Since the existence of pHp was demonstrated, it has been shown that this molecule and its receptor CD163 are regulated by different stimuli. Furthermore, a comparably fast secretion of pHp was described as well as the immuno-stimulatory effects. The intention of this study was to elucidate the role of pHp in the human lungs further. Here we show, by means of confocal microscopy and immune-electron-microscopy, a clear co-localization of pHp with Surfactant protein-B in lamellar bodies of Alveolar Epithelial Cells Type II. These results are underlined by immunohistochemical stainings in differently fixed human lung tissues, which show pHp in vesicular and released form. The images of the released form resemble the intended position of surfactant in the human alveolus. pHp is secreted by Alveolar epithelial cells type II as previously shown. Moreover, pHp is co-localized with Surfactant protein-B. We conclude that the presented data shows that pHp is a native part of the surfactant system in the human lung.
Keywords:Haptoglobin; Lung; Surfactant; Protein
We recently reported that the plasma protein haptoglobin (Hp) is also synthesized and expressed in the human lung . We described expression of Hp-protein in Lung cancer (mainly in Adenocarcinomas of the lung), Alveolar Epithelial Cells type II (AECII), alveolar macrophages and bronchial epithelia. The synthesis of pulmonary Hp (pHp) was discovered in screening experiments with transcriptome-chips and validated by RT-PCR .
Due to the known immuno-modulatory effects of Hp besides of its primary function in the breakdown of hemoglobin, we analyzed the role of pHp further.
Cell specific synthesis of pHp was addressed by RNA-in situ hybridization, which revealed pHp transcription in AECII and alveolar macrophages . A possible secretion of pHp by pulmonary cells has been addressed utilizing human lung explants and A549 cells. We showed that pHp is indeed secreted by lung tissues and A549 cells. This secretion depends on different stimuli like LPS, IL6, Pam3Cys-Ser-(Lys)4, and, interestingly, dexamethasone . Secretion of pHp happens comparably fast, it was measurable in supernatants already after ten minutes of stimulation, which is by far faster than the most other immuno-regulatory systems in the lung e.g. Toll-like receptor mediated signaling. It has been shown that A549 cells release Interleukin-8 and monocyte chemotactic protein-1 upon co-stimulation with Hp and LPS, and monocyte derived macrophages release TNF-α, Interleukin-6 and monocyte chemotactic protein-1 upon stimulation with Hp . This means that pHp, besides of its antioxidative function, plays an immuno-modulatory role in the human lung. This study is intended to further analyze the role of pHp in the human lungs based on these findings.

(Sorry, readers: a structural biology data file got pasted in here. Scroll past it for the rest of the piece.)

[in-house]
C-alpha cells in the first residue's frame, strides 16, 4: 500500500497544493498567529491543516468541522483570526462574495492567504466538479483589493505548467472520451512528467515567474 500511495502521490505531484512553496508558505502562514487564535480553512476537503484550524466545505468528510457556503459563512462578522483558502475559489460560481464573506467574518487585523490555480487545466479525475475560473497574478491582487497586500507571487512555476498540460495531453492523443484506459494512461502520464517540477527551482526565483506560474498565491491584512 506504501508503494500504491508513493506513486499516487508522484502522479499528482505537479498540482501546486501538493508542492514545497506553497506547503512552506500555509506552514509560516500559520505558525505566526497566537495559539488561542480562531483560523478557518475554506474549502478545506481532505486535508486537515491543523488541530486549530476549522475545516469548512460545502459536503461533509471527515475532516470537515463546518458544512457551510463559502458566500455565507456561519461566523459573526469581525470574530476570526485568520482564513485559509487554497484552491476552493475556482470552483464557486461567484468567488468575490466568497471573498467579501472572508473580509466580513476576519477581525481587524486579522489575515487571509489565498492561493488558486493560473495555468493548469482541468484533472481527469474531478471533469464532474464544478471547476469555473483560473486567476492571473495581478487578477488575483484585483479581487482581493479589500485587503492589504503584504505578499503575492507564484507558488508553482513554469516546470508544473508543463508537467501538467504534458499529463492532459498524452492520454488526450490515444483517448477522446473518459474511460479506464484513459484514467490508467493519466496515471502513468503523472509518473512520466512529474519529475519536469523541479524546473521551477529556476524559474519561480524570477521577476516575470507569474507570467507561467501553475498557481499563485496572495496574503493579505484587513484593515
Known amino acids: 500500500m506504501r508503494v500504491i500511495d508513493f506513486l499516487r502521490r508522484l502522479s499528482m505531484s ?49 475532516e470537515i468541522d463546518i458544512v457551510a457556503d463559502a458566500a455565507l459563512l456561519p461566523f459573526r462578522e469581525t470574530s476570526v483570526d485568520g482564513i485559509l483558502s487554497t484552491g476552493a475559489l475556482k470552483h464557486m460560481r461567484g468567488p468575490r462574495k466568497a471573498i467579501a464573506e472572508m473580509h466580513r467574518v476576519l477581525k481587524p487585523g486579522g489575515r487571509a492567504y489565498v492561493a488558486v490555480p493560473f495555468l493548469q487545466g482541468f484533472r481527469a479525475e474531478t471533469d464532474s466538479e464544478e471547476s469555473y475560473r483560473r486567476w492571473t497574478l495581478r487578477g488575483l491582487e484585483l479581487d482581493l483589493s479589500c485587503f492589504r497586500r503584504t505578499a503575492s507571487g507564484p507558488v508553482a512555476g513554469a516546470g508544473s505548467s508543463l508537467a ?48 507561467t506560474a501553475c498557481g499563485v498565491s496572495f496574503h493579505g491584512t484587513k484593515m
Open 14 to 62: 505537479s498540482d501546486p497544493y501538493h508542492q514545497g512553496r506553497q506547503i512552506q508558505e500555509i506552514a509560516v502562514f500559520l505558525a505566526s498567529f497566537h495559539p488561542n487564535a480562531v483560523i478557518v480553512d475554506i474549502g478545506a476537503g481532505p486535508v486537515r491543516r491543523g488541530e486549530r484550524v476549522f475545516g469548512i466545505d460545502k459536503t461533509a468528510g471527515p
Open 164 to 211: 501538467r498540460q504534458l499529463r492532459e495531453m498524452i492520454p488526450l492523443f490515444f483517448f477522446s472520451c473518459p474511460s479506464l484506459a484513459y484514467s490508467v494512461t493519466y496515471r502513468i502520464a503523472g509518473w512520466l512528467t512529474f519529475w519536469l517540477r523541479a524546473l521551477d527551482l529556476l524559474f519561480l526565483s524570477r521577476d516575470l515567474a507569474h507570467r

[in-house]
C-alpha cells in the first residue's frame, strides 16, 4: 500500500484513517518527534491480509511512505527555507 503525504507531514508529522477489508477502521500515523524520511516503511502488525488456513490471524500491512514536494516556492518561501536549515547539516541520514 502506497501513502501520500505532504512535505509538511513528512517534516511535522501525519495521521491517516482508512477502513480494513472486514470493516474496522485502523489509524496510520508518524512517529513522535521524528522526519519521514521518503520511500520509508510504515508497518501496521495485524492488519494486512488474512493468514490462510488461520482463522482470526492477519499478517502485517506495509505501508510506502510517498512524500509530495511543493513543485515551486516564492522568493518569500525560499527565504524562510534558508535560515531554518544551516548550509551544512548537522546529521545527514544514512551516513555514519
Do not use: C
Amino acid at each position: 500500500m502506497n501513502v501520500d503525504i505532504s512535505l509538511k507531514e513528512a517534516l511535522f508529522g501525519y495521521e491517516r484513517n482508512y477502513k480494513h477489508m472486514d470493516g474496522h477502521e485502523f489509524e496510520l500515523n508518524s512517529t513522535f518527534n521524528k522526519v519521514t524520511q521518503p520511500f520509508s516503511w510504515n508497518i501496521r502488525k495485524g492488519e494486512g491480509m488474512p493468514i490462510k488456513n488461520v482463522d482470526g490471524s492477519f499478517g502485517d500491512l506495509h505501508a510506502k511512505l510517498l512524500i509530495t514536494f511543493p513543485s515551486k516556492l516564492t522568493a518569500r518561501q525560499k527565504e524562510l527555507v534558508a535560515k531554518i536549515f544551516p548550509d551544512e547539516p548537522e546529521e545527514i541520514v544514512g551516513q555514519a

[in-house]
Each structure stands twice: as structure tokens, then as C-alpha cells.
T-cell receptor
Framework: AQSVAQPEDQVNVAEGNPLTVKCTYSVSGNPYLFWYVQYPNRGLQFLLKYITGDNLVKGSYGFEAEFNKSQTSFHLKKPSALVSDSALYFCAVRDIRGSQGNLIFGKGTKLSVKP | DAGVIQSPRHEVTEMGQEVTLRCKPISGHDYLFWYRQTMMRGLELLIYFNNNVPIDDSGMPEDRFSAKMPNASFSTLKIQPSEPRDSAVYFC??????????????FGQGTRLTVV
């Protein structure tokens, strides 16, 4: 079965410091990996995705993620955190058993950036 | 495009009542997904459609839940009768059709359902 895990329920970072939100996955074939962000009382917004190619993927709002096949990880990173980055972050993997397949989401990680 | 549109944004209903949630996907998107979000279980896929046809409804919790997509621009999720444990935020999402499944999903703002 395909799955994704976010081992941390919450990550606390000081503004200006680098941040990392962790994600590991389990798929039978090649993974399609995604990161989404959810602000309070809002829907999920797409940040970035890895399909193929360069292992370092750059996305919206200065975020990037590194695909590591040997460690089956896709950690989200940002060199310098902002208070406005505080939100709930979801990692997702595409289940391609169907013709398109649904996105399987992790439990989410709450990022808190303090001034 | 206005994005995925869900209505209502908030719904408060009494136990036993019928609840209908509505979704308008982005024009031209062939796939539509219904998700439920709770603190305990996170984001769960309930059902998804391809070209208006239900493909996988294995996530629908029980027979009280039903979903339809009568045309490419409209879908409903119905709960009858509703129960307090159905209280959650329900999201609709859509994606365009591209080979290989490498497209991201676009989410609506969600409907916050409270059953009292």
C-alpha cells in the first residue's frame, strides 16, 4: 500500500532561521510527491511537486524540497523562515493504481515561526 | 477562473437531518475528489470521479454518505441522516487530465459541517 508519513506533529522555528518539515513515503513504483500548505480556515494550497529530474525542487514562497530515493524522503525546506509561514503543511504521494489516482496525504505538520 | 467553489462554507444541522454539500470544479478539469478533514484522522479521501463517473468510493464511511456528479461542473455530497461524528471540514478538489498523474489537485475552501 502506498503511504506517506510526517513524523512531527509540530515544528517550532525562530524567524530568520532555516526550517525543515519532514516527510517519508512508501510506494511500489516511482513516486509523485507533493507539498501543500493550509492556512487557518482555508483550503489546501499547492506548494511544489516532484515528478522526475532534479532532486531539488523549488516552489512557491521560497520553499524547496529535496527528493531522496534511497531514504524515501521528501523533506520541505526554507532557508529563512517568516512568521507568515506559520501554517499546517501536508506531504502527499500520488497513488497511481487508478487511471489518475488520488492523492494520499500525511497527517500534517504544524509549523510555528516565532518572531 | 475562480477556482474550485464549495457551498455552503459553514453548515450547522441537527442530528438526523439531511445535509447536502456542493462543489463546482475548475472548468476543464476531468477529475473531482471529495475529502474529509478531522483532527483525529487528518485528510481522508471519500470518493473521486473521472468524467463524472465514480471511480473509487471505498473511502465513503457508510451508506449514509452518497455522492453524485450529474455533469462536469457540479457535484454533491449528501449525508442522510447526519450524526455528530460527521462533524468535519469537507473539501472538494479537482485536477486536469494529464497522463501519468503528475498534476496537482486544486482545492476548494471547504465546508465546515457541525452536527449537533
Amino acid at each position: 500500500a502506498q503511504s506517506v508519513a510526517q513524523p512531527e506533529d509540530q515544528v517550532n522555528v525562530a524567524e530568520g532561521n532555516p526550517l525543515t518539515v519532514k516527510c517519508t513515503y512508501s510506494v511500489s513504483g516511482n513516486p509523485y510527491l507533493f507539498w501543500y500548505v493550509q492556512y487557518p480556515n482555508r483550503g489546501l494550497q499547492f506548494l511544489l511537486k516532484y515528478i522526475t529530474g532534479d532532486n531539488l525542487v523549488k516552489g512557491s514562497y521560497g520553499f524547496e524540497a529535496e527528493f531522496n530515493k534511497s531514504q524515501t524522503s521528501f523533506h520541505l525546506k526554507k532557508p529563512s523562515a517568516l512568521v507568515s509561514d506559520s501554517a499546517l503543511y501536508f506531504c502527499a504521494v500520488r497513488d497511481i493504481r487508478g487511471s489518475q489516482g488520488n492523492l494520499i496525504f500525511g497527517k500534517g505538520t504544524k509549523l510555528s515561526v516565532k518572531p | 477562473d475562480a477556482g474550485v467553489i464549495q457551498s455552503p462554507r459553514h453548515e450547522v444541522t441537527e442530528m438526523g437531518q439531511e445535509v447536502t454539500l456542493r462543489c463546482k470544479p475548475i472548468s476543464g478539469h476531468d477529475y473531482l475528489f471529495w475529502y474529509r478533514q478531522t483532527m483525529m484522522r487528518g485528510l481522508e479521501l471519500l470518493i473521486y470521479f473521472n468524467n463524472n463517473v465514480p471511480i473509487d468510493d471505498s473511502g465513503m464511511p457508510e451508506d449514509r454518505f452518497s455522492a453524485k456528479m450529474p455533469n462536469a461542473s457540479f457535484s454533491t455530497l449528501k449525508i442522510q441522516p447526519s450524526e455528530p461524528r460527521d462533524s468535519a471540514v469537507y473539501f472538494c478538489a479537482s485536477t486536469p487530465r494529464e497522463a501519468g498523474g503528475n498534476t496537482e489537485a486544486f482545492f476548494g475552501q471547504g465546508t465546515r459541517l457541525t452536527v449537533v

This study is in compliance with the Helsinki declaration and was approved by the ethical committee of the University of Lübeck (reference number 03/158); written informed consent was obtained. The collective of patient-samples was the same like in Abdullah et al. 2009 . Here, we used tumor-free lung tissues from patients which underwent surgery due to lung cancer between 2006 and 2008. The patients had a mean age of 65 years (range from 45 to 85 years; 61 males, 48 females). 115 formalin-fixed, paraffin-embedded (FFPE) tissue samples were investigated by immunohistochemistry. The collective contained 47 adenocarcinomas, 42 squamous cell carcinomas, 13 small cell lung cancers and 13 normal lungs. Additionally, we used HOPE-fixed materials from the same collective for immunohistochemistry and confocal microscopy. The numbers of experiments done with each technique are given in the legends of the respective figures.